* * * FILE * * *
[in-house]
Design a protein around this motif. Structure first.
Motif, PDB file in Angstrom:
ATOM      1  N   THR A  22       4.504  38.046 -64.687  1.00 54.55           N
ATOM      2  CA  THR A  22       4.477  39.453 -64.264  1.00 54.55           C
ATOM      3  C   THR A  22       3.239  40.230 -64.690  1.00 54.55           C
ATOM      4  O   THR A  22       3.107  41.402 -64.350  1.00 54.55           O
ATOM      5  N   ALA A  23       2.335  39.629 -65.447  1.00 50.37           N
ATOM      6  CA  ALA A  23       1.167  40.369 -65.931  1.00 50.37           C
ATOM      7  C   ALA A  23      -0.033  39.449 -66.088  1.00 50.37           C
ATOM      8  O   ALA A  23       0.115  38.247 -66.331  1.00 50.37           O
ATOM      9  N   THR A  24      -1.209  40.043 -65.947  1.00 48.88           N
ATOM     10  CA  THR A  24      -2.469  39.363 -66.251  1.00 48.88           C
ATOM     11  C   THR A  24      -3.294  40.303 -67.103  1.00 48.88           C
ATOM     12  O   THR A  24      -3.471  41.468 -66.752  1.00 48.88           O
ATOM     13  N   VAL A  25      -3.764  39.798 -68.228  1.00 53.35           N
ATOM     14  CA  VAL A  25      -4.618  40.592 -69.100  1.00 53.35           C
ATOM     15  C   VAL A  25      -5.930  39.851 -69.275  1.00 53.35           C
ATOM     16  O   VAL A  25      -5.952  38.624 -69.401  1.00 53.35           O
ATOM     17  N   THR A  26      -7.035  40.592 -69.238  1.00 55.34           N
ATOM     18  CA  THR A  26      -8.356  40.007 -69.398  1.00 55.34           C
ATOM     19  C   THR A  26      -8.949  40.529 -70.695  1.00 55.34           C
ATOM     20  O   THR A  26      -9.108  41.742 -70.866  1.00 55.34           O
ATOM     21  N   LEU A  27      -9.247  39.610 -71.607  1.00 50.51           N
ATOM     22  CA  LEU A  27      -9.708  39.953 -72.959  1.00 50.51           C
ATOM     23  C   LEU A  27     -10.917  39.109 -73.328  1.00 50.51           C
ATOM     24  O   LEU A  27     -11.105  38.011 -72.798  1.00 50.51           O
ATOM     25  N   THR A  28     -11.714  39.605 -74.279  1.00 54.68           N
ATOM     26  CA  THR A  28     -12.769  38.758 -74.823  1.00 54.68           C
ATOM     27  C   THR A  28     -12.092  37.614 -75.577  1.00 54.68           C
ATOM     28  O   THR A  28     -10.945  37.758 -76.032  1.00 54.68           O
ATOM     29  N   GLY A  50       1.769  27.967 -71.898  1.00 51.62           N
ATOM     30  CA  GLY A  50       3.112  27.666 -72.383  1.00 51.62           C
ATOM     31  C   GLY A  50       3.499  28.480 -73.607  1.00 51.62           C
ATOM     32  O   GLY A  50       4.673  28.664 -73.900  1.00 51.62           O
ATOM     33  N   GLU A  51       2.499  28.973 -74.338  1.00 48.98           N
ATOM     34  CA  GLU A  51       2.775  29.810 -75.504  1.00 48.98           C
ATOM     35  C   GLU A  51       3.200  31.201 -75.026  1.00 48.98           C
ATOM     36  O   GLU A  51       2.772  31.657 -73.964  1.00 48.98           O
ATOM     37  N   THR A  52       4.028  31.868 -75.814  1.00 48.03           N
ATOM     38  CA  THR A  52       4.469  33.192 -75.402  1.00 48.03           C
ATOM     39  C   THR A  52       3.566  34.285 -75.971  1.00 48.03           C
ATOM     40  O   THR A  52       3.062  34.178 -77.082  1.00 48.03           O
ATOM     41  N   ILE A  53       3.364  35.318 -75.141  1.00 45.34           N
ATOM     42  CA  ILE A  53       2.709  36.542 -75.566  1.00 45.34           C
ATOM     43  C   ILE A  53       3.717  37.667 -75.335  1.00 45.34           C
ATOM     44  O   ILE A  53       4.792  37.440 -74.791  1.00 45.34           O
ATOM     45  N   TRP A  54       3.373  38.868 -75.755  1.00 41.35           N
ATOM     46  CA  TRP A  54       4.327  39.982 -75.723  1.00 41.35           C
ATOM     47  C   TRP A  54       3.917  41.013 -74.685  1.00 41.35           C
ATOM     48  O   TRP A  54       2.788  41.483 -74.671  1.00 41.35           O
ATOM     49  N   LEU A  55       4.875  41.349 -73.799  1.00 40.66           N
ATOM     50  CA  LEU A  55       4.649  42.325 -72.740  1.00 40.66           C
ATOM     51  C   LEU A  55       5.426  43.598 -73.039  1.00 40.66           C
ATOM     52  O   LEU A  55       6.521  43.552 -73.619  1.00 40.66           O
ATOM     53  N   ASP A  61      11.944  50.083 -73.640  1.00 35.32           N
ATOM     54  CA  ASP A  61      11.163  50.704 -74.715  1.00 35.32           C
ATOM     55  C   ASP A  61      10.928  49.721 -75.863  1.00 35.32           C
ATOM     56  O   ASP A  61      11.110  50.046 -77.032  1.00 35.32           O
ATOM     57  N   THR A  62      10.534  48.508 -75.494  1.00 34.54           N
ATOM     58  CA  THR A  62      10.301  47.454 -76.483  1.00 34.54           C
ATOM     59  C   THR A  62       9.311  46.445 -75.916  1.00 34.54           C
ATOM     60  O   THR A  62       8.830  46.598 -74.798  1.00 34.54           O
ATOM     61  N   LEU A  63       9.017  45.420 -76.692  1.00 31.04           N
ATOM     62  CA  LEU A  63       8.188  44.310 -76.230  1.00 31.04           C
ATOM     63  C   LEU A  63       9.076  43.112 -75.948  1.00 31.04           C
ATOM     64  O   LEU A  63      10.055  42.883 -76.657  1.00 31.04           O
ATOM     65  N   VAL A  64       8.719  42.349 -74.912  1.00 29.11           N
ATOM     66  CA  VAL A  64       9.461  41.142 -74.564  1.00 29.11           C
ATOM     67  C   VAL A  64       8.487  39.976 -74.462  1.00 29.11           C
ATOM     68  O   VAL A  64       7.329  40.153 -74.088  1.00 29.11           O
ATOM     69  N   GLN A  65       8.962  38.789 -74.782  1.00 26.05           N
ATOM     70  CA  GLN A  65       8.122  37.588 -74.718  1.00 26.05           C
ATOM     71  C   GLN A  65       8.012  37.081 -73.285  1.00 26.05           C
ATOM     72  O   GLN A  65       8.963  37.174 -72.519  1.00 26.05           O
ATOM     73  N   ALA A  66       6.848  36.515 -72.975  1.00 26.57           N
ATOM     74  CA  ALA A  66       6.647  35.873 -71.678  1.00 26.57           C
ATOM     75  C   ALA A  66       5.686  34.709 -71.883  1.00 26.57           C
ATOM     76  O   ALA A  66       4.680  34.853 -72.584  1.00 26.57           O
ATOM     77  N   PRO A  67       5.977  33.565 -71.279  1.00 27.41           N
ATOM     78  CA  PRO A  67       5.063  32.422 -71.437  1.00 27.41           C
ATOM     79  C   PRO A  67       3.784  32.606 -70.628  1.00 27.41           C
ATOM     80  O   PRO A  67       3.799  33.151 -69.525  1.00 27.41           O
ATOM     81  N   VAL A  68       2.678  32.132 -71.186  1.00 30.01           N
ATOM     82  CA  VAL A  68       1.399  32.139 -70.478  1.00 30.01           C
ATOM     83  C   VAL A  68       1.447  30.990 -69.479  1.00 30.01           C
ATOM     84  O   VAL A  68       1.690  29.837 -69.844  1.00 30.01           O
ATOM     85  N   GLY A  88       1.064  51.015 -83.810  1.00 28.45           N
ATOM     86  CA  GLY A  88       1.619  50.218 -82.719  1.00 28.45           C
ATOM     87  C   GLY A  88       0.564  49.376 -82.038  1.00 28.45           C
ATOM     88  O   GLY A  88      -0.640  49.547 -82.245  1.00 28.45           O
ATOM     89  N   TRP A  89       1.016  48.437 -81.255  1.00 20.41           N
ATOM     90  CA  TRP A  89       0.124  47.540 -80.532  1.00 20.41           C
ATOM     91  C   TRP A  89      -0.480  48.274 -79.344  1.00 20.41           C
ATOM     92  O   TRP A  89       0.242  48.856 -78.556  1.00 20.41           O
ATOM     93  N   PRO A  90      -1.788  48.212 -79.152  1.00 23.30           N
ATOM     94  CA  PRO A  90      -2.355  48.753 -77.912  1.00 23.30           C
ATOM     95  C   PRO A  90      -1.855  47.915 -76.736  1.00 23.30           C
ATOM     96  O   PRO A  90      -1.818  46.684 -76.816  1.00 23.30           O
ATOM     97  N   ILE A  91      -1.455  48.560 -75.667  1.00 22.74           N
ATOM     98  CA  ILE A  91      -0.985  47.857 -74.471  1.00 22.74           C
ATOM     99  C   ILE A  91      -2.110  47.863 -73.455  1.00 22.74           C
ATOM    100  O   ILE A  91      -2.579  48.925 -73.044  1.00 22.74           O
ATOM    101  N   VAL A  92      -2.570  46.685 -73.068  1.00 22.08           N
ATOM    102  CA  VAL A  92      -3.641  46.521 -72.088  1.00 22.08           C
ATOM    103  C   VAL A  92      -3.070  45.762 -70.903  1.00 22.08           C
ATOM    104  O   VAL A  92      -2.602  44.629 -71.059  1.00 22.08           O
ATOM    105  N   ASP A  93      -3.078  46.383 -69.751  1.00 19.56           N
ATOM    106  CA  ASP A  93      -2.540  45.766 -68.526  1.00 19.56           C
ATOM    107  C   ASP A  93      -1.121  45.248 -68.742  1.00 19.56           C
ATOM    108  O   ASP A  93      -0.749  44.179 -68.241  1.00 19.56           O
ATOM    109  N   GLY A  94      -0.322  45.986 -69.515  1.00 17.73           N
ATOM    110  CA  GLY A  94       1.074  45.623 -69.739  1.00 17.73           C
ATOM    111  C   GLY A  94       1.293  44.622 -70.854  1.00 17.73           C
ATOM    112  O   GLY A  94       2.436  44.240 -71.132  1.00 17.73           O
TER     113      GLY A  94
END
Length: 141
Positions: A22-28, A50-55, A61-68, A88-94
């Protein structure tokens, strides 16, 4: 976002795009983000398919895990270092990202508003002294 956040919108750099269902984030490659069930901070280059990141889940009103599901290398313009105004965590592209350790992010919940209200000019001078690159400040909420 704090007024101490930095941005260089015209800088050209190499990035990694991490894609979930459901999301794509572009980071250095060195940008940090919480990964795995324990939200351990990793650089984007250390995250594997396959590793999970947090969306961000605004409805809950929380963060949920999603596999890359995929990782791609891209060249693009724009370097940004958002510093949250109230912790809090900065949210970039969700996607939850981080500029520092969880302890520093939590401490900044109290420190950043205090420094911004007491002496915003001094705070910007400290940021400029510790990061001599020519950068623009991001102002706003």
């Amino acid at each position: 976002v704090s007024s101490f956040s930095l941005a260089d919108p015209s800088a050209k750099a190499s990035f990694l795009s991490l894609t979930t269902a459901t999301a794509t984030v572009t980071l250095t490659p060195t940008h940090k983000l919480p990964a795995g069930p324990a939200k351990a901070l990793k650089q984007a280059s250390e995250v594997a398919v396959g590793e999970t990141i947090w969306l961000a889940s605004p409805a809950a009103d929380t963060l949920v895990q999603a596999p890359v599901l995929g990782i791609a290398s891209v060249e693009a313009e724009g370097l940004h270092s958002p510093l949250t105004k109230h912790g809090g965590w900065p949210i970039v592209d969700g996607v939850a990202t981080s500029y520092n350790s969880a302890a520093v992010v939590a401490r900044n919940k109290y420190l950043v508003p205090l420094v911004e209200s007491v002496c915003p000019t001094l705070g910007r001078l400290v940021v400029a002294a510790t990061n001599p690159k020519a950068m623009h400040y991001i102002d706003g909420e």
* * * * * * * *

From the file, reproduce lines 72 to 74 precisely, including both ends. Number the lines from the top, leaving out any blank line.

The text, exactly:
ATOM     69  N   GLN A  65       8.962  38.789 -74.782  1.00 26.05           N
ATOM     70  CA  GLN A  65       8.122  37.588 -74.718  1.00 26.05           C
ATOM     71  C   GLN A  65       8.012  37.081 -73.285  1.00 26.05           C